Your to-do list can feel like it goes on and on when you’re a parent. Between doing the laundry, shuttling kids around town, grocery shopping, mowing the lawn, and planning birthday parties, it can feel like there are no hours left in the day to focus on the most important thing of all—your health. Because the reality is, if you don’t have your health, it’s hard to accomplish anything on your to-do list!
We know that a healthy lifestyle can prevent many health problems, such as heart disease and stroke. But did you know that making healthy choices today could decrease your risk of developing colon cancer in the future?
What Is Colon Cancer?
Most colon cancers start as a non-cancerous growth or a polyp in the inner lining of the colon. Removing polyps while they’re small can prevent colon cancer in the future. If left untreated, polyps can develop into colon cancer and spread to other parts of your body, which can make it more difficult to treat.
According to the American Cancer Society:
- Colon cancer is the third most common cancer found in men and women in the U.S.
- Colon cancer appears to be on the rise in younger adults.
- 1 in 23 women and 1 in 21 men will develop colon cancer in their lifetime.
- About 20% of all cancers, including colon cancer, are related to obesity, inactivity, excessive alcohol use and poor nutrition.
- Based on current trends, colon cancer will increase by 90% among people ages 20-34 years by 2030.
These are some worrisome statistics. So what can you do? Prevention is key. Prevention includes staying healthy, learning about your family history, and getting screened.
Health Tips to Prevent Colon Cancer
- Exercise Regularly: Aim for 30 minutes 5 to 6 days per week doing activities you enjoy like walking, dancing, practicing yoga, biking, playing sports or gardening.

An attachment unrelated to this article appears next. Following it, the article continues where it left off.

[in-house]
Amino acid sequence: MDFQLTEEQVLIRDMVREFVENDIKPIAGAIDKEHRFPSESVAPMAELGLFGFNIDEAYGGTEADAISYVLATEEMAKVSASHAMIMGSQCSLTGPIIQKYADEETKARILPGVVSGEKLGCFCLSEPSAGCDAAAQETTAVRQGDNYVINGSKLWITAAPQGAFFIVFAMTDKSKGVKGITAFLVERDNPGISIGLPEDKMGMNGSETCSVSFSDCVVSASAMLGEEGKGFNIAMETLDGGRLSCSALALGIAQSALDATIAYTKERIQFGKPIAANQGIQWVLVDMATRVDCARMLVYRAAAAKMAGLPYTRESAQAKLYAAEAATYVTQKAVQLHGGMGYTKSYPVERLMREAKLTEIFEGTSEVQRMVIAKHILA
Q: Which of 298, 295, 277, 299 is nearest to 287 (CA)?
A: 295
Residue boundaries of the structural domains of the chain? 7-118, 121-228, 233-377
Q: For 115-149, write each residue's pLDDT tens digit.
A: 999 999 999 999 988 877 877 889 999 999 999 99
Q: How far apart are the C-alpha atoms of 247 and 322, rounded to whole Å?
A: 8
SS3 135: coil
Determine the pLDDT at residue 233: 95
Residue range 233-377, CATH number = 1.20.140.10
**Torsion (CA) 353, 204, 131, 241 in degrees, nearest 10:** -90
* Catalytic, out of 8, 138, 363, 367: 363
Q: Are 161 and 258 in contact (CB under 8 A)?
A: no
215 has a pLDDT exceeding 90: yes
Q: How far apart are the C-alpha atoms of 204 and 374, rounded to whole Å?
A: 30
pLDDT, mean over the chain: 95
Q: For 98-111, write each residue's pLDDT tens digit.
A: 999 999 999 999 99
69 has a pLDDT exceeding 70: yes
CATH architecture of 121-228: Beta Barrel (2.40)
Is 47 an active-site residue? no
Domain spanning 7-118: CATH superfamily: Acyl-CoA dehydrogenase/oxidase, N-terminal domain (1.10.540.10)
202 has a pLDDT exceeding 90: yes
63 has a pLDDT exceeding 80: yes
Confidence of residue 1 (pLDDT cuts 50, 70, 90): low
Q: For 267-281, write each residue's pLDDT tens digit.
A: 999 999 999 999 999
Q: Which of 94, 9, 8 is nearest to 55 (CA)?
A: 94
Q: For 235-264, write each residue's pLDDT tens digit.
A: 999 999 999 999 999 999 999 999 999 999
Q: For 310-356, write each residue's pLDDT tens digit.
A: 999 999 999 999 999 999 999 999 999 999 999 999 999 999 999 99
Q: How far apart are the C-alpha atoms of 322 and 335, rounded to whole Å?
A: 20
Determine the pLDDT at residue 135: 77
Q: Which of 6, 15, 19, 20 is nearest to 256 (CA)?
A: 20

- Focus on Healthy Eating Habits: Eat lots of fruits, vegetables and whole grains; limit the amount of red and processed meats you eat; and avoid excessive alcohol use (i.e., limit intake to 2 drinks per day for men and 1 drink per day for women).
- Watch Your Weight: Avoid obesity and weight gain, especially around the midsection.
- Don’t Smoke: If you need help quitting, Bryan LifePointe offers classes that provide tobacco cessation support.
Learn About Your Family’s Health History
Some risk factors can be controlled with a healthy lifestyle. Other risk factors cannot be changed. However, it’s important to know about them as this can impact other steps you take.
Risk factors you cannot change include:
- Family history of polyps or colon cancer
- Inflammatory bowel disease (such as Crohn’s or ulcerative colitis)
- Race or ethnicity (such as being African-American or Ashkenazi)
- Inherited syndromes
Do you have any of these risk factors? If you aren’t sure, start having these conversations today with your family or your doctor. Learning more about your family history is crucial in determining how early you should have your first colon cancer screening and ongoing screenings.
Schedule a Colon Cancer Screening
Screening tests are used to find an abnormality, such as a polyp, before it becomes cancer or at the earliest stage possible. Examples of screening tests include stool testing, sigmoidoscopy, colonoscopy, double contrast barium enema, and CT colonography.
Starting at age 50—or sooner if you have risk factors—women and men should start screening for colon cancer. Talk to your doctor about which screening is right for you.
Your family counts on you to be there for them in many ways. The best way you can do that is to make your health a priority! Add these important preventative strategies to your to-do list today: stay healthy, learn about your family health history and get screened.
Carrie Waltemath, RN
Carrie Waltemath, RN, is an oncology nurse navigator at Bryan Medical Center. This is a specially trained nurse who helps patients and their families through each step of cancer treatment.
Learn More About Colon Cancer Screenings
The colonoscopy. Everyone dreads this screening for colon and colorectal cancer. But is there really so much to dread? Find out for yourself as you take a journey through the screening with Bryan patient Ruth Van Gerpen and her doctor, Mark Griffin, MD, gastroenterologist. Hear about the prep, see the actual procedure and how potential polyps can be discovered, and find out when you should get this screening based on your age or family history.